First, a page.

Discovering “The Cove”

The month of September is associated with the beginning of rituals – going back to school and work, a change in the weather, and generally opening a new chapter. Unfortunately, once again, September also marks the opening of another dolphin slaughtering season in the secluded coves of Taiji, Japan. While much progress has been made on the forefront of preventing these mass, inhumane killings, dolphin activists were still met this first of the month by furious Japanese nationalists and the fisherman prepared to continue to mercilessly take the lives of over 20,000 dolphins just as they did the year before. Since Ric O’Barry released the radically moving 2009 Oscar-winning documentary simply, and grimly titled The Cove, his crew of annual Taiji anti-slaughter activists has grown to 34, 8 of whom are Taiji natives. But still, this deadly ritual continues.

Completely unrestricted, the Japanese have been maliciously herding dolphins into the coves of Taiji for decades, with a spike in slaughters ever since the popularity of the TV series Flipper. Ironically, the original “Flipper” was trained by Ric O’Barry himself, who once made millions coaching marine life into becoming the pawns that places like Sea World still showcase today. After the series launched, every marine park in the world wanted its own version of the famous, friendly animal – at any cost. And so began Japan’s market providing dolphins – around $200,000 for the right one – to park trainers worldwide. In America alone, aquariums and marine parks with dolphin acts have accumulated just almost $9 billion.


What The Cove uncovers is the process of getting the dolphins to their selective trainers from the depths of the ocean and follows up with the fates of those who were just not Flipper-enough. Because once Ric O’Barry realized the corrupt business he was unknowingly a part of he felt as ill as the Japanese people who are eating mercury-filled rejected dolphin meat.

As the documentary unveils, the fisherman in the coves actually use sound technology to confuse and provoke the dolphins, animals known to not only possess intelligence comparable to humans, but rely highly on sound communication. As the dolphins are brought in by the masses to the shore, they are man-handled and selected for trainers, then removed from their natural habitats and flown thousands of miles away. The remainder – an estimated 20,000 dolphins – are then captured and dragged literally around the corner from the shore, into coves invisible to the public and closely monitored by the Japanese government. The film shows O’Barry and his team of Oceanic Preservation Society activists and trained divers using underwater cameras and decoys to show that behind the cove lies a blood bath: men with harpoon-sized spears slowly and aimlessly stabbing the dolphins until all that can be seen is red. The meat is then sliced, packaged, and sold to the public – but usually never marked as dolphin meat. This low-grade food is also the highest edible source of mercury – the most poisonous non-radioactive element on earth and a direct cause of dementia and mental retardation in humans.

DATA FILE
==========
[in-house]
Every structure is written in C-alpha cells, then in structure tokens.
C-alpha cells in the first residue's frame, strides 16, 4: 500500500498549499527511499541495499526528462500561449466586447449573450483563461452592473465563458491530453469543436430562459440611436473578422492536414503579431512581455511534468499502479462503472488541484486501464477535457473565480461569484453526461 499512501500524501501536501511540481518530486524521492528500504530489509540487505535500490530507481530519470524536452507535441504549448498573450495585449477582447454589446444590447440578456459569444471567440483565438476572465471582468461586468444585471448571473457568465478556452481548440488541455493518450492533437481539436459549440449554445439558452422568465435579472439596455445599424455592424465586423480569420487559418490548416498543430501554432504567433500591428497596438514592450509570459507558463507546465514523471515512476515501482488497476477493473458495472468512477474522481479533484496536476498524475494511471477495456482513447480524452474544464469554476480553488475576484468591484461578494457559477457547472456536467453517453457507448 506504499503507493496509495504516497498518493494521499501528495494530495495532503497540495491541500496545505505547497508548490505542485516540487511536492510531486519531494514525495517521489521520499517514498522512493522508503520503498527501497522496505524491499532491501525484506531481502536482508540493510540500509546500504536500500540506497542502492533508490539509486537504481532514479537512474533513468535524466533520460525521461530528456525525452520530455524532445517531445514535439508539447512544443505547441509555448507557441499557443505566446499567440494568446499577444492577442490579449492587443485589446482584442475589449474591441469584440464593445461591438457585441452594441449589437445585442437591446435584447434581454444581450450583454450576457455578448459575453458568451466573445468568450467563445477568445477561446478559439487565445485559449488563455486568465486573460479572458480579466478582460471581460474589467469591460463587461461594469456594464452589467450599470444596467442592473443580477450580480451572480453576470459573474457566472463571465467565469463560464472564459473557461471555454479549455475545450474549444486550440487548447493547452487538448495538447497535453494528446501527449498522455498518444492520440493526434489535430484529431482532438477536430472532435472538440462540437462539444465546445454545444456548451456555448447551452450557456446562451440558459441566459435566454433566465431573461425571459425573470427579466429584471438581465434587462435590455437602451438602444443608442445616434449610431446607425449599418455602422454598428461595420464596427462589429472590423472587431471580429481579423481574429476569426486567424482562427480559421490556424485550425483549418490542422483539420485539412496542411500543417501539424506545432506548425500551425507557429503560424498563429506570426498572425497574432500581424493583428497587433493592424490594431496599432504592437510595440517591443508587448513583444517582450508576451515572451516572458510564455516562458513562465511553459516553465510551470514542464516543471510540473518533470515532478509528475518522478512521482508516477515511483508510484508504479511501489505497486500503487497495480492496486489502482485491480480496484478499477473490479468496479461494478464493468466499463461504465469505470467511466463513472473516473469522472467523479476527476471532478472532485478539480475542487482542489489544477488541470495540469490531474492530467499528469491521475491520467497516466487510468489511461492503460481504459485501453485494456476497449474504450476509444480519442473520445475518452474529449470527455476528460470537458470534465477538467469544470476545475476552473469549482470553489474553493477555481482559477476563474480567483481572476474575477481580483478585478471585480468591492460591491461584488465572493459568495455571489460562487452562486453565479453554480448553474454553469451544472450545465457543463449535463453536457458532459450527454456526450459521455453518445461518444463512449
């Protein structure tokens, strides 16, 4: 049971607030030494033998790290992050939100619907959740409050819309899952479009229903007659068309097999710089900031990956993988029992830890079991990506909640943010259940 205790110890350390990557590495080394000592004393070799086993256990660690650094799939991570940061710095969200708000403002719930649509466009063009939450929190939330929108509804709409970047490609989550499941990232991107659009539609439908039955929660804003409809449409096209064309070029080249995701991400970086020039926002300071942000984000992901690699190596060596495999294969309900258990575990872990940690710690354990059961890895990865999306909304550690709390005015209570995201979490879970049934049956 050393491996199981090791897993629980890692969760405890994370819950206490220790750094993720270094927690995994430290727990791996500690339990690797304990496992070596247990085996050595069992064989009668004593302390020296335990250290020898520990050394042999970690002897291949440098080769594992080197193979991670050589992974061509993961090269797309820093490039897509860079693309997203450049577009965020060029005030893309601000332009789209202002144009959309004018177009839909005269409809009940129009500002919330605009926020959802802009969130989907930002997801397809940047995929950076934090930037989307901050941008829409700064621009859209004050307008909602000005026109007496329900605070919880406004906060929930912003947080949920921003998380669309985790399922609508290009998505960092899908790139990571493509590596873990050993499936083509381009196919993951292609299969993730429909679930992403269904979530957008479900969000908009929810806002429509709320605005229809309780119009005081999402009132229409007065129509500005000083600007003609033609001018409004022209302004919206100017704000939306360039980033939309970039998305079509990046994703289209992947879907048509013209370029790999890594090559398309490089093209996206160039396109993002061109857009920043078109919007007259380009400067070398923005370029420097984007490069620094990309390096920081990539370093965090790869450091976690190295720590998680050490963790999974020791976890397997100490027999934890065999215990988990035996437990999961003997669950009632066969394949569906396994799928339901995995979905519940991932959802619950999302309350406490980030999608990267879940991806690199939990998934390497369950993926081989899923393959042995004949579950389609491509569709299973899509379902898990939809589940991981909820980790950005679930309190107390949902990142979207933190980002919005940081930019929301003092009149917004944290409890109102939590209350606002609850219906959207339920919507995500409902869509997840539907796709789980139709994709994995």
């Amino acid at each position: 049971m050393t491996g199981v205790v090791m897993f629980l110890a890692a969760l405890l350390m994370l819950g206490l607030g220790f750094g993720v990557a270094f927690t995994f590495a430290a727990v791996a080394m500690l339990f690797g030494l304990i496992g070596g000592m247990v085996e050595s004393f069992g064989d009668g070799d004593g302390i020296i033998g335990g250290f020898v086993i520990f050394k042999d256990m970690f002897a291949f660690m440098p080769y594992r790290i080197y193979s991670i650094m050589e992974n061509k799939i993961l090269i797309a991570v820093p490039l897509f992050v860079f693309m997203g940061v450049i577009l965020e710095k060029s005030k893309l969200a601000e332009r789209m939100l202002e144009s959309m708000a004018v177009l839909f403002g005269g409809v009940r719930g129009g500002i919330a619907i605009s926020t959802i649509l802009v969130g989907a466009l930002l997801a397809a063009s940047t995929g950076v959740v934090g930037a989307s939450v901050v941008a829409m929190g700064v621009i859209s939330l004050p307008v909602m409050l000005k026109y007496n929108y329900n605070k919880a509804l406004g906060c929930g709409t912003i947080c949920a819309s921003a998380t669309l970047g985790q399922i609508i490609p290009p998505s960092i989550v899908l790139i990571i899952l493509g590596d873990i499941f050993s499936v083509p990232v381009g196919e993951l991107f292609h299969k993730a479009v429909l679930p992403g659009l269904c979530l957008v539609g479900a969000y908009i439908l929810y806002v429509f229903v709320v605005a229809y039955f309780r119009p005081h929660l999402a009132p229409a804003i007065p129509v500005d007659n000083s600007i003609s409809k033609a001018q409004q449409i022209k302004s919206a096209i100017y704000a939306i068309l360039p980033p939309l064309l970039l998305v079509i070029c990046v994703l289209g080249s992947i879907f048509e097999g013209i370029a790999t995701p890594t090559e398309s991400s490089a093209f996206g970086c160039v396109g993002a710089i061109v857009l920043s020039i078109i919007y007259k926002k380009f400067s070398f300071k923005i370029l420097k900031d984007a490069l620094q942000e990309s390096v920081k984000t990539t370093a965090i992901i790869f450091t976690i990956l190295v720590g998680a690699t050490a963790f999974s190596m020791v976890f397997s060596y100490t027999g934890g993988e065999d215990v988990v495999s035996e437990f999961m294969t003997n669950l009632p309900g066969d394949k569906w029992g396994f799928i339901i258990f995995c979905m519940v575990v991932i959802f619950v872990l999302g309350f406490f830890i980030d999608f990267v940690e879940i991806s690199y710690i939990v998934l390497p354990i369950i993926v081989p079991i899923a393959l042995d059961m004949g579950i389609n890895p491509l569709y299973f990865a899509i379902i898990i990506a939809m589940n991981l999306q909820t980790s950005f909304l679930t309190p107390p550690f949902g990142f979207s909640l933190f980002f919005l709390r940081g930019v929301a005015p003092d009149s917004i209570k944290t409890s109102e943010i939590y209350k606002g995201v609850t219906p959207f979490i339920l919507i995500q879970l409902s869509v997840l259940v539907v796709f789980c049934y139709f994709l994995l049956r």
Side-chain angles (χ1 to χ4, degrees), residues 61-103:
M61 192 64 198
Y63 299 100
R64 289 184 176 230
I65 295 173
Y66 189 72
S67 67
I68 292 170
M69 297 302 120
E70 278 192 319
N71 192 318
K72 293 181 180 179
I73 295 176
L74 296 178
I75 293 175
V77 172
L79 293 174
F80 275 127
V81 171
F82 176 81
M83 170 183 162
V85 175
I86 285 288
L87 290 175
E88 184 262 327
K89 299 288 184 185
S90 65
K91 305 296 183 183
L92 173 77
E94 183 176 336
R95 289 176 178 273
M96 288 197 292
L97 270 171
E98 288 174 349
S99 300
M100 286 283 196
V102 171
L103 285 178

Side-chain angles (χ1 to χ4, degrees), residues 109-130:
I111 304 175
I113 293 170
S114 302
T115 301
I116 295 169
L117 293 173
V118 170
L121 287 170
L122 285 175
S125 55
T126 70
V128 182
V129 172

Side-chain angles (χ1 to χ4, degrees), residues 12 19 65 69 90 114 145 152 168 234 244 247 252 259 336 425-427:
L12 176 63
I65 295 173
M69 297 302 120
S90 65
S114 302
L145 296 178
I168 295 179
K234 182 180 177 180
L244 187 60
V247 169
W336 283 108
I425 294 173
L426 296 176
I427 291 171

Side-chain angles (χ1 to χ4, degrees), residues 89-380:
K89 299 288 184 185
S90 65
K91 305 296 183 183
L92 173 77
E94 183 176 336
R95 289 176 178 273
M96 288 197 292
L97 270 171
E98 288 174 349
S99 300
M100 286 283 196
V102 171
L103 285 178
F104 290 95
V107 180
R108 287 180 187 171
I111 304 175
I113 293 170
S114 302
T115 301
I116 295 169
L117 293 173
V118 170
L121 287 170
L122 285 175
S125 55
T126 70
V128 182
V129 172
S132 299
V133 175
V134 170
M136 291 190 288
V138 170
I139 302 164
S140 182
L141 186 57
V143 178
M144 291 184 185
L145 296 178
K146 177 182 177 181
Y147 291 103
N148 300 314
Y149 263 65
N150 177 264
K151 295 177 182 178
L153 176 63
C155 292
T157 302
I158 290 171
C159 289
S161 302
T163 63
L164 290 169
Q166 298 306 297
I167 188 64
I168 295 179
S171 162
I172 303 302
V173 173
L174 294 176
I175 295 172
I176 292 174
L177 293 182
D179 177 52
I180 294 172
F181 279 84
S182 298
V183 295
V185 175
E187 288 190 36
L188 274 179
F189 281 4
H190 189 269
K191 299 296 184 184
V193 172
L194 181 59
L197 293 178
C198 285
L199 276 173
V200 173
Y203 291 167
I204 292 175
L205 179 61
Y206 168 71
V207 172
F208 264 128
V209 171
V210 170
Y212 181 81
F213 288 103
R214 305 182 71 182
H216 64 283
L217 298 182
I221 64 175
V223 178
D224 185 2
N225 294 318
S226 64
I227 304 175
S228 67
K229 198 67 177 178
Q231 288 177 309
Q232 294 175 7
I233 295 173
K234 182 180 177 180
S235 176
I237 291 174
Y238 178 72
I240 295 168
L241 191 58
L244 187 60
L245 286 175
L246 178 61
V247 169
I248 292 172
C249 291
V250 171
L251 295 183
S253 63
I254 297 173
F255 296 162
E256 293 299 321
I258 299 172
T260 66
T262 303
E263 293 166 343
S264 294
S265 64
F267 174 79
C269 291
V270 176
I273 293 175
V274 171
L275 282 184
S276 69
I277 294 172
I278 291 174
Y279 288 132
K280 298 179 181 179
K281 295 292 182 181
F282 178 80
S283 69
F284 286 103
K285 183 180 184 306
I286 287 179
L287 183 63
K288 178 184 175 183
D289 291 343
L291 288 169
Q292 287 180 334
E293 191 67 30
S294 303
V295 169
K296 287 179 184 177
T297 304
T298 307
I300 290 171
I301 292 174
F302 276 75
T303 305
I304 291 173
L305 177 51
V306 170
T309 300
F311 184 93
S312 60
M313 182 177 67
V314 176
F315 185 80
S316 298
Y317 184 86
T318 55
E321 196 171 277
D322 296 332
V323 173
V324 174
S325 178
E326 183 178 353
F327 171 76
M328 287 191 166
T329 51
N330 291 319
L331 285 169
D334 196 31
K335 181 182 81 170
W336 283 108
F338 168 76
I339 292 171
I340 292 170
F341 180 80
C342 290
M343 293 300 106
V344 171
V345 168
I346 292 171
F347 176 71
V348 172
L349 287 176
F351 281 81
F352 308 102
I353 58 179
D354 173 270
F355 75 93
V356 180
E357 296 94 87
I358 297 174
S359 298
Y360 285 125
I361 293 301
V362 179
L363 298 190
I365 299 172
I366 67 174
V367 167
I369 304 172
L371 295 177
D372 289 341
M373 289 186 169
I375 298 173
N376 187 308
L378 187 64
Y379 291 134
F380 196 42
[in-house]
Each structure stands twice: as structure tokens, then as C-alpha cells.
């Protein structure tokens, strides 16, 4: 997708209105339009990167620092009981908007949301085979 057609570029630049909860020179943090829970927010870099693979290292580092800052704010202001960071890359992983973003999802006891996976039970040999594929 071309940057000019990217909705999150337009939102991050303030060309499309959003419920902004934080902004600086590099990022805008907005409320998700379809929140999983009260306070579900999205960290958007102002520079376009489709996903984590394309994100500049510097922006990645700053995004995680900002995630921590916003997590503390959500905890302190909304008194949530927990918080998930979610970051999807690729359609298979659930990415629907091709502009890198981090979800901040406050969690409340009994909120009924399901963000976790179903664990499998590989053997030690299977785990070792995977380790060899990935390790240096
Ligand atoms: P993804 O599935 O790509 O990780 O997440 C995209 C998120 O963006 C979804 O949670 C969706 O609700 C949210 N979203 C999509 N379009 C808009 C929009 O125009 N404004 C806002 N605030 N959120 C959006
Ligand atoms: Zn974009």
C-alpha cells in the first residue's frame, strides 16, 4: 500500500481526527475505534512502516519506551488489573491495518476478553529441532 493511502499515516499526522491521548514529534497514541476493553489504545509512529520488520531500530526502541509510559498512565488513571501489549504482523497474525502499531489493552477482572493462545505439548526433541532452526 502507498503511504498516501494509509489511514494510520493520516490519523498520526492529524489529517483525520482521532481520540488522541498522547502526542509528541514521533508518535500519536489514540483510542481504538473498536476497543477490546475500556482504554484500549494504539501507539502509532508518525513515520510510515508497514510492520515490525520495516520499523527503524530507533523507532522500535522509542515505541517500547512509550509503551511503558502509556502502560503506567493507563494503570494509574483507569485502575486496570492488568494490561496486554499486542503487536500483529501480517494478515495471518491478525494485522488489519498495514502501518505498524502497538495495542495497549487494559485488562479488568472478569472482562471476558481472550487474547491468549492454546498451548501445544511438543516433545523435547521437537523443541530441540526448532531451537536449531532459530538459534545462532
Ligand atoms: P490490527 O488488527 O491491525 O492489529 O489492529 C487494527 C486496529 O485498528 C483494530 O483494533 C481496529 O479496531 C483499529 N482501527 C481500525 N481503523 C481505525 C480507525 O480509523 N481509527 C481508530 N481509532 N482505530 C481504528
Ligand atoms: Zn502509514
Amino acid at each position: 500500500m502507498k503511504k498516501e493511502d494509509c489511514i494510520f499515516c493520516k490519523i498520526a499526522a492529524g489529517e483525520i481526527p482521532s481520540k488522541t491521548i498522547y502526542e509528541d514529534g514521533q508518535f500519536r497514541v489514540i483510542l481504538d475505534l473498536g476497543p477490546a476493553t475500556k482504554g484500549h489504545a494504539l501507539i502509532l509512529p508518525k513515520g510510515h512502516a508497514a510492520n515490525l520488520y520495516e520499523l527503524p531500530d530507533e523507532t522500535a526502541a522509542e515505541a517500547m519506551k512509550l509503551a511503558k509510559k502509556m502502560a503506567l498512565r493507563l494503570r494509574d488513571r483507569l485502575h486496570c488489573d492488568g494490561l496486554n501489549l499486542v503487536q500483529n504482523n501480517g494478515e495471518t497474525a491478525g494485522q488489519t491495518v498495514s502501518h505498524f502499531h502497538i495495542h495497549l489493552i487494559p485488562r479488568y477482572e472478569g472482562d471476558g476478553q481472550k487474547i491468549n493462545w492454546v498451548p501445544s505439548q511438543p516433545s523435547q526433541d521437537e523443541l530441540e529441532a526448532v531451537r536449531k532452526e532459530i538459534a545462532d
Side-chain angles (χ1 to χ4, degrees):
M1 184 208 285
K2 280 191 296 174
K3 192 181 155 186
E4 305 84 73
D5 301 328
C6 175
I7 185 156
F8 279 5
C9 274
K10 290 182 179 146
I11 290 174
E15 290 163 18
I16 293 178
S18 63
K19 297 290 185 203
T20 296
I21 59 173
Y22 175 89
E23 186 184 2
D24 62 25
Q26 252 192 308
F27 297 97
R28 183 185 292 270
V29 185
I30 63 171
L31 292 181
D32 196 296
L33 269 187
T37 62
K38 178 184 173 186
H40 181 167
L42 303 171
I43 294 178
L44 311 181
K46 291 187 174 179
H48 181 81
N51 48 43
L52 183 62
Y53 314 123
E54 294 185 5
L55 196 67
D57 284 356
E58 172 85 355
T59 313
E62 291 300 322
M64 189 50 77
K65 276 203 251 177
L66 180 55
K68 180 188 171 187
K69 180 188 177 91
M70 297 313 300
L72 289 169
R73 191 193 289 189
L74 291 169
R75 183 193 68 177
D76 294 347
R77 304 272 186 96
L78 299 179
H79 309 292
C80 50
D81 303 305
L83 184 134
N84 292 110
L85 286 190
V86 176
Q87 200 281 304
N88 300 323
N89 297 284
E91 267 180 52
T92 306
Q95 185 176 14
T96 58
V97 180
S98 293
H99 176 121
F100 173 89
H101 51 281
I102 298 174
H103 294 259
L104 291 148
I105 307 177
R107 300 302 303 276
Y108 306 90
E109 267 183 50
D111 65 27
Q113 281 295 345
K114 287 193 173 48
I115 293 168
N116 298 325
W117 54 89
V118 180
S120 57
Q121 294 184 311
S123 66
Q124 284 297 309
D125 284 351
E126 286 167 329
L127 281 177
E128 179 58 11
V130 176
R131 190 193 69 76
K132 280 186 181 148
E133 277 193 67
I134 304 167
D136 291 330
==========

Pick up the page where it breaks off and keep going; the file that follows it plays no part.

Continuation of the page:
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So on top of the inhumane destruction of an entire species, dolphin killing also fuels a market that secretly kills its consumers with toxins that physically will never be removed from the earth. Since international law ceases to effectively exist, especially in the environmental realm, there is no way to prevent the Japanese government from ending this practice. In its own defense, Japan claims the hunt is not only carried out humanely, but culturally, and that it refuses to comply with the western ideology of morals, just as a principle. As a member of the International Whaling Commission – the closest thing that exists in terms of whaling “laws” – Japan has even bribed other nations – namely those who are poverty-stricken Caribbean islands but could benefit from marine mammal tourism – to support their practice. What O’Barry and his team do is provide a visual message – and red-handed proof – that this truly is a massacre of nature and human life, and must be stopped before it cycles enough to cause irreversible environmental damage.

Even though another year has approached where the coves of Japan will serve as the slaughterhouse of a unique, treasured, and threatened species, it is not too late to make sure this September is the last. It has been proven that international issues like this are best taken on head first by individuals. In regards to oceanic protection and awareness, The Cove did more its first time leaked than the IWC has done in decades. Again, the power of information cannot be stressed enough. This documentary will truly make you reevaluate the strength of individuals and make you take a humbling step back to realize how vast this world is, and how interconnected environmental and human health are. Make this September the beginning of a new ritual where you reach out and support O’Barry’s Dolphin Project, the OPS, and The Cove


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Allison Beauregard

Allison is a New York City based writer with a focus on sustainability. Her work demonstrates how it is possible to have the “things” that make us happy without compromising the resources that provide these goods. With this vision, Allison sees a future where environmental degradation is reversed and the quality of human life is equally distributed. She is the Category Editor of The Franklin Report and was among the top 5 contributors for Elephant Journal in October 2014.

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